The touchscreen optimization can also be improved as I notice that it’ll sometime lag when I scroll through the features. I also needed some time to get used to navigating between all its functions since it’s my first time, so I wouldn’t say that its UI is user-friendly. The Garmin Venu also has an always-on display but I preferred to switch it off to preserve its battery life. To put it simply, the AMOLED display is more of a bonus feature than a necessity.
I’d like to jump straight to the battery because I figured it’s an important purchasing factor for most. Even though Garmin decided to use an AMOLED panel on this smartwatch, the battery life is still impressive. It can last about five days – comparable to the Versa 2 – and that’s more than what any of the Apple Watches can offer. If you turn on the always-on display, the battery quickly depletes and can last you around two to three days at most – depending on how you use it. It only takes a little over an hour to charge this device and though this might not be a big deal to most, I like that the Garmin Venu charger is small and easy to carry around.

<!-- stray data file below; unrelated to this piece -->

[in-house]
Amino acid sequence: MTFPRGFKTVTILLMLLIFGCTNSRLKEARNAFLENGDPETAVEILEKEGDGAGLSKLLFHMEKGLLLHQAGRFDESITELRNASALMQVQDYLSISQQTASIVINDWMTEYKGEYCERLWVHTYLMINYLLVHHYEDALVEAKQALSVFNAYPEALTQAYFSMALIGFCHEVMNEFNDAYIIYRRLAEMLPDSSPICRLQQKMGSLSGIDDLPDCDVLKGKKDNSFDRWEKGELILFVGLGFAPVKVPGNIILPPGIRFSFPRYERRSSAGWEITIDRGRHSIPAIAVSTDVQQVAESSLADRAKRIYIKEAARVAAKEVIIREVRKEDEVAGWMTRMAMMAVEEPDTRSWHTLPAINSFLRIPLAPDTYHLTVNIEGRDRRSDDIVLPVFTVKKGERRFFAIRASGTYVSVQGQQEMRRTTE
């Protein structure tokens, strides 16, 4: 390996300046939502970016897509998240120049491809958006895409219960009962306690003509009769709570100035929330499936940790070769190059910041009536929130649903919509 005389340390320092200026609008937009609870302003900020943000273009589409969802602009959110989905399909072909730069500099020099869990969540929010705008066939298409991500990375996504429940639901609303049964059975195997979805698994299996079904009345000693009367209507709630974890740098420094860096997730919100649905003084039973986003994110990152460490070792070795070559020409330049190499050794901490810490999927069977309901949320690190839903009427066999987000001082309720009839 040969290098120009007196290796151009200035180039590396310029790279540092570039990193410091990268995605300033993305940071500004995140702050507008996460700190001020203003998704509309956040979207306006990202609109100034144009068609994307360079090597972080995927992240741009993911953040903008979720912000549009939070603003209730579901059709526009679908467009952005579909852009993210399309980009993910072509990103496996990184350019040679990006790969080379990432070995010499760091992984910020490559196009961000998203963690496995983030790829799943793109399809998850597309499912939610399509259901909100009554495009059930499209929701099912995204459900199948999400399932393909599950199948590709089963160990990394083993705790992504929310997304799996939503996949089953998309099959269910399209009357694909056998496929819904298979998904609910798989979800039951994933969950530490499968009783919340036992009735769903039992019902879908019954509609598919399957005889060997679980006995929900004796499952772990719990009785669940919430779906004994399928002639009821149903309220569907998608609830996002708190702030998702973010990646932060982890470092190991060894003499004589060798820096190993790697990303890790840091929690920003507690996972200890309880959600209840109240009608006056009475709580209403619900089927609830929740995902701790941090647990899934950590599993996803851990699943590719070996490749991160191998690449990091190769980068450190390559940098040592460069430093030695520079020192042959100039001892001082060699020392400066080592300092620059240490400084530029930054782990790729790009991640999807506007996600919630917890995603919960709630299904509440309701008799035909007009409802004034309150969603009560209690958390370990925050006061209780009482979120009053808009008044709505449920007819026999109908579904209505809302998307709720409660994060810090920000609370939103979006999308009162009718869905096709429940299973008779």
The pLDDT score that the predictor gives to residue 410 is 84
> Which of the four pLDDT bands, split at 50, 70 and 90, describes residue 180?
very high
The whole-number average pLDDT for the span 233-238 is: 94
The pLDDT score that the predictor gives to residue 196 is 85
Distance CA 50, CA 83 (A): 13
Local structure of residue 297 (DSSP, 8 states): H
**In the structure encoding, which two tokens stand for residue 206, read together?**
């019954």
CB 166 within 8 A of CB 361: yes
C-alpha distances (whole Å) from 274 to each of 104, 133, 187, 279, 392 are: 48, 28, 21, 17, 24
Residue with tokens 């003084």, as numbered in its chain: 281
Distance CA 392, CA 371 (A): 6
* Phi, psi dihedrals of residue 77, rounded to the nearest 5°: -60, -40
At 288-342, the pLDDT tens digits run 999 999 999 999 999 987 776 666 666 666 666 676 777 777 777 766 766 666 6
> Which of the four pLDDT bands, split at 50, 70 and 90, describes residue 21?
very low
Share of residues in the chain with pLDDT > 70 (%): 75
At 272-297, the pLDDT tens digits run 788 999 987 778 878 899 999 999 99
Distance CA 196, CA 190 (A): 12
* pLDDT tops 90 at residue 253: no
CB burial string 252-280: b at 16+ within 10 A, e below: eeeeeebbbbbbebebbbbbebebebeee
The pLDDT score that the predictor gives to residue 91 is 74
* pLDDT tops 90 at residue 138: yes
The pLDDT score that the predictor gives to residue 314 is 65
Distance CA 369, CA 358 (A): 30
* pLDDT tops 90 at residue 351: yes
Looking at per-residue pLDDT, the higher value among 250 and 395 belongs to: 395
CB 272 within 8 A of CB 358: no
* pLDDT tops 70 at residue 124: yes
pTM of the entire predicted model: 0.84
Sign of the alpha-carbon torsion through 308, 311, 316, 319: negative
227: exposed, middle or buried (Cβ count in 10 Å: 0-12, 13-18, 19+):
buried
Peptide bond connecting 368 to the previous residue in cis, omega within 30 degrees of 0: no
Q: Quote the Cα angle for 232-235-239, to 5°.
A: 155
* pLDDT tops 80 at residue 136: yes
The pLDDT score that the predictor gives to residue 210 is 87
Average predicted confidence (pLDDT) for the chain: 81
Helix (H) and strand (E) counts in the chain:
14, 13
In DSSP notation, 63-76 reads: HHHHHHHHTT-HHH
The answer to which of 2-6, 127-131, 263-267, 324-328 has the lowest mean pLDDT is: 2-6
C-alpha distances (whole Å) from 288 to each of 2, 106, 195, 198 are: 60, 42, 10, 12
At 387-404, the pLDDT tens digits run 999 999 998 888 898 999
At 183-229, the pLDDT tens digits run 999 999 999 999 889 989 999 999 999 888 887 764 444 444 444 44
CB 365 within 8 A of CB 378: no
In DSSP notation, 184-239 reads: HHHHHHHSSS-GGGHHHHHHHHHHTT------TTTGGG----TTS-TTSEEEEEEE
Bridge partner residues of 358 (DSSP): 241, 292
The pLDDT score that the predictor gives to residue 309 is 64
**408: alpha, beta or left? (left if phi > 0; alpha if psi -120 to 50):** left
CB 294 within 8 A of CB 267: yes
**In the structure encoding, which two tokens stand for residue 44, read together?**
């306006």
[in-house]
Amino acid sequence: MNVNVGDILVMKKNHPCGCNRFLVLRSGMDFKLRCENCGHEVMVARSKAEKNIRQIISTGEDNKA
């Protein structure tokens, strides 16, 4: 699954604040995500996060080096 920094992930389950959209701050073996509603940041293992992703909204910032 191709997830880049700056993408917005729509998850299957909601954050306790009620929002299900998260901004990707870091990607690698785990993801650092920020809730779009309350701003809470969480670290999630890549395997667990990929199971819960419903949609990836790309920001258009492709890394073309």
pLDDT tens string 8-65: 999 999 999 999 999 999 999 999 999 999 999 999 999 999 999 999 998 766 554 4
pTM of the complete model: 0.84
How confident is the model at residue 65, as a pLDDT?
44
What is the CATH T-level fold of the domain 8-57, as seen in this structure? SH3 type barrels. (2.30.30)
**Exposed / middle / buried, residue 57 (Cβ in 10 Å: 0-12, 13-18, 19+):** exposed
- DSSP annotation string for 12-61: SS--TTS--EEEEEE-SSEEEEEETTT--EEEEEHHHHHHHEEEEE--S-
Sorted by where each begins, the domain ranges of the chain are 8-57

The Garmin Venu comes with many health and fitness tracking features, but my favorite one is the stress tracking feature. It keeps me aware of my stress level and when it is high, the watch advises me to take a break and do some breathing exercises. It’s a love-hate relationship, really; I love keeping track of my stress level, but I also become more restless when my stress level is high.
Another feature I enjoy is the body battery that tells me how much my body battery is charged and drained. It allows me to determine what activities cause my body batteries to drain quickly so I can balance out my tasks throughout the day without over-exhausting myself. I must say though, first-timers might find all these a bit confusing. The data and terms are quite technical so some may have to Google to find out what these features are really about.